Ransomware developers appear to have come up with a new way of making life miserable for victims of their extortion campaigns, even as federal officials in the US and Canada Thursday issued an alert on the scourge.
Security vendor F-Secure on Friday issued an alert on Petya, a new ransomware sample that locks the entire hard disk of a computer instead of simply encrypting files on disk like other ransomware tools.
According to F-Secure, Petya encrypts the filesystem’s master file table (MFT) ensuring that the operating system is unable to locate needed files, thereby rendering the computer completely unusable.
“It installs itself to the disk’s master boot record (MBR) like a bootkit. But instead of covert actions, it displays a red screen with instructions on how to restore the system,” F-Secure senior security researcher Jarkko Turkulainen wrote.
Attacking the MFT takes less time than encrypting files on disk while yielding the same results, F-Secure security advisor Sean Sullivan added in comments to Dark Reading.
“Many of the other crypto-ransomware families require time and CPU,” Sullivan says. Victims of ransomware attacks, in fact, often report their computers slowing down significantly during an attack. While home users may not know quite what to make of the slowdown, employees at enterprises sometime have time to get help in preventing a full compromise, Sullivan says.
With Petya that is not an option. “Petya is able to hit the MFT in seconds before crashing the system and forcing a restart. In an enterprise environment, there would be no time to call for help.”
For victims, Petya introduces problems that other ransomware tools typically do not. Because Petya infects the master boot record, it disables the entire system. So the victim would need to find another computer with Internet access in order to pay off the ransom and regain access to their compromised system. While this may not, by itself, present a problem for business users, home users could find it challenging, Sullivan said.
Petya also leaves it pretty much up to the user to download the Tor browser to access the hidden service URL for paying the ransom. “Petya doesn’t attempt to provide proxy links to the Tor hidden service,” suggesting that the malware authors either, do not care about the difficulties of installing the Tor browser, or they haven’t incorporated that feature yet, he said.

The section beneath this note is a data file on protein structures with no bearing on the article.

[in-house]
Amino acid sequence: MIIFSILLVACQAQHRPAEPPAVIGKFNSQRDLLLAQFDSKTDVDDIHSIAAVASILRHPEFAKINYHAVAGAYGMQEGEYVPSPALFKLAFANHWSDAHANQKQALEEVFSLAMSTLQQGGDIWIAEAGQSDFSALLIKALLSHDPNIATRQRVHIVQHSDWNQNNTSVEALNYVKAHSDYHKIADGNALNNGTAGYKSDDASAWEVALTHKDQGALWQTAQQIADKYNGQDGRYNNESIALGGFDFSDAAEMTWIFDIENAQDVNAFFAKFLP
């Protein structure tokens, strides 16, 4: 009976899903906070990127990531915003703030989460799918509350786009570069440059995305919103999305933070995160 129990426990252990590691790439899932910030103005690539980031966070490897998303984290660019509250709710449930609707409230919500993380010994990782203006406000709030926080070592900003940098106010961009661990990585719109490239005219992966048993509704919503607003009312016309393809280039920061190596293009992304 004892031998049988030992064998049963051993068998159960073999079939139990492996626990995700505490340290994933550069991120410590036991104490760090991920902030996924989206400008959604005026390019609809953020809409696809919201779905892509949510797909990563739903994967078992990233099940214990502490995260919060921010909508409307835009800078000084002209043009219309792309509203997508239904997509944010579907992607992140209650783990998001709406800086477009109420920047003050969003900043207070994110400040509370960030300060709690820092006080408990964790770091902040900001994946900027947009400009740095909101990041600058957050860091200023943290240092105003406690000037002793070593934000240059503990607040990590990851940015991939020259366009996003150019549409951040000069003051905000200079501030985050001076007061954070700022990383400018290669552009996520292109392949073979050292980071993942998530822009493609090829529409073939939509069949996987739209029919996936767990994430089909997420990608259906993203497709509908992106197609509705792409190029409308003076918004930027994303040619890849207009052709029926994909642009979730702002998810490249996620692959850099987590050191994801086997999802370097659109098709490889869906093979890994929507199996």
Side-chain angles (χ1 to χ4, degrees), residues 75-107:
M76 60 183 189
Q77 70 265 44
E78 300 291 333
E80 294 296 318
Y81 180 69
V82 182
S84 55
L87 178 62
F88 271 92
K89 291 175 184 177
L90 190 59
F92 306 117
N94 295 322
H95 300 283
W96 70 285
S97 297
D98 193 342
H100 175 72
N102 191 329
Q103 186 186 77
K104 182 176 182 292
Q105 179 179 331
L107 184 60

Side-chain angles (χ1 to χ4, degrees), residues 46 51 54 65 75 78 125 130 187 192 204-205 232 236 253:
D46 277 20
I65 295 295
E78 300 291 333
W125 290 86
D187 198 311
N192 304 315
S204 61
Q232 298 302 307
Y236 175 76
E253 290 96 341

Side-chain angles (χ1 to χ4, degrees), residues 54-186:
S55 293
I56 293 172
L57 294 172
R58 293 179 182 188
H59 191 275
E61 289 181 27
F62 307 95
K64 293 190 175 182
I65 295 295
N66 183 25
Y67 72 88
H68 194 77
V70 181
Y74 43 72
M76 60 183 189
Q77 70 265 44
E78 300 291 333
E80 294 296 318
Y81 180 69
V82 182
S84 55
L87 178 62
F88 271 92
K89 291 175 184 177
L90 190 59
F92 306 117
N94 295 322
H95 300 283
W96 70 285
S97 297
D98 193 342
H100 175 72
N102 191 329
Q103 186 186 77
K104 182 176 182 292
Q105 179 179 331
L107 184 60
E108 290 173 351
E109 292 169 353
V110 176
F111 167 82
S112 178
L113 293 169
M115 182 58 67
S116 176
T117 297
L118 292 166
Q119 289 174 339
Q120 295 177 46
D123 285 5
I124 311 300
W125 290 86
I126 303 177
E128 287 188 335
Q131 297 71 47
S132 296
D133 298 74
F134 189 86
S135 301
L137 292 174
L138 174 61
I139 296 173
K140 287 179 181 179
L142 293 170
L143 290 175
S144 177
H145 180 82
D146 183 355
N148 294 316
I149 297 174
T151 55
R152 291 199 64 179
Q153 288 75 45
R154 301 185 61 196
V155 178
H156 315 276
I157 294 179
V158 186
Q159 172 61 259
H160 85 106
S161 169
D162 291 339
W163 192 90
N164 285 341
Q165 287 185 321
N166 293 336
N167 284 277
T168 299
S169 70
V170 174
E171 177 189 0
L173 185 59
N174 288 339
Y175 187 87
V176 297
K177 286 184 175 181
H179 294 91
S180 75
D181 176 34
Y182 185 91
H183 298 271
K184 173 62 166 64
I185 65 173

Somewhat ironically, in making it harder for victims to pay a ransom, Petya’s authors may have also lowered their own chances of profiting from it, says Sullivan. As a result, the likelihood of the same technique being used more widely will depend on the success malware authors have in monetizing Petya.
“That will depend on whether or not people figure out how to pay,” Sullivan says. “It does definitely have some advantages in how it hits its victims. So, we’ll likely see more, but it is too soon to say if it will become common.”
News of Petya comes amid heightening concerns about a major increase in ransomware samples and in ransomware attacks in recent months. Many believe that the success that malware authors have had in extorting money from victims is attracting more criminals, including organized cybercrime groups into the ransomware space. In recent months, ransomware samples like Locky, TeslaCrypt and Samas, have victimized numerous individuals and organizations, including several major hospitals.
The surge in attacks prompted the U.S Department of Homeland Security to issue an alert in conjunction with the Canadian Cyber Incident Response Centre, warning consumers and businesses of the seriousness of the threat. The alert, issued late Thursday, warned consumers and businesses about the “devastating” consequences of a ransomware attack. “Recovery can be a difficult process that may require the services of a reputable data recovery specialist,” the alert noted in offering some precautions.
The recommendations include the need for individuals and organizations to employ a data backup and recovery plan for crucial information and the use of whitelisting to ensure that only approved applications are allowed to run on a system. Other advice included the need for people to jeep their software properly updated and patched and to limit the ability for users to install and run applications on their systems
Jai Vijayan is a seasoned technology reporter with over 20 years of experience in IT trade journalism. He was most recently a Senior Editor at Computerworld, where he covered information security and data privacy issues for the publication. Over the course of his 20-year ... View Full Bio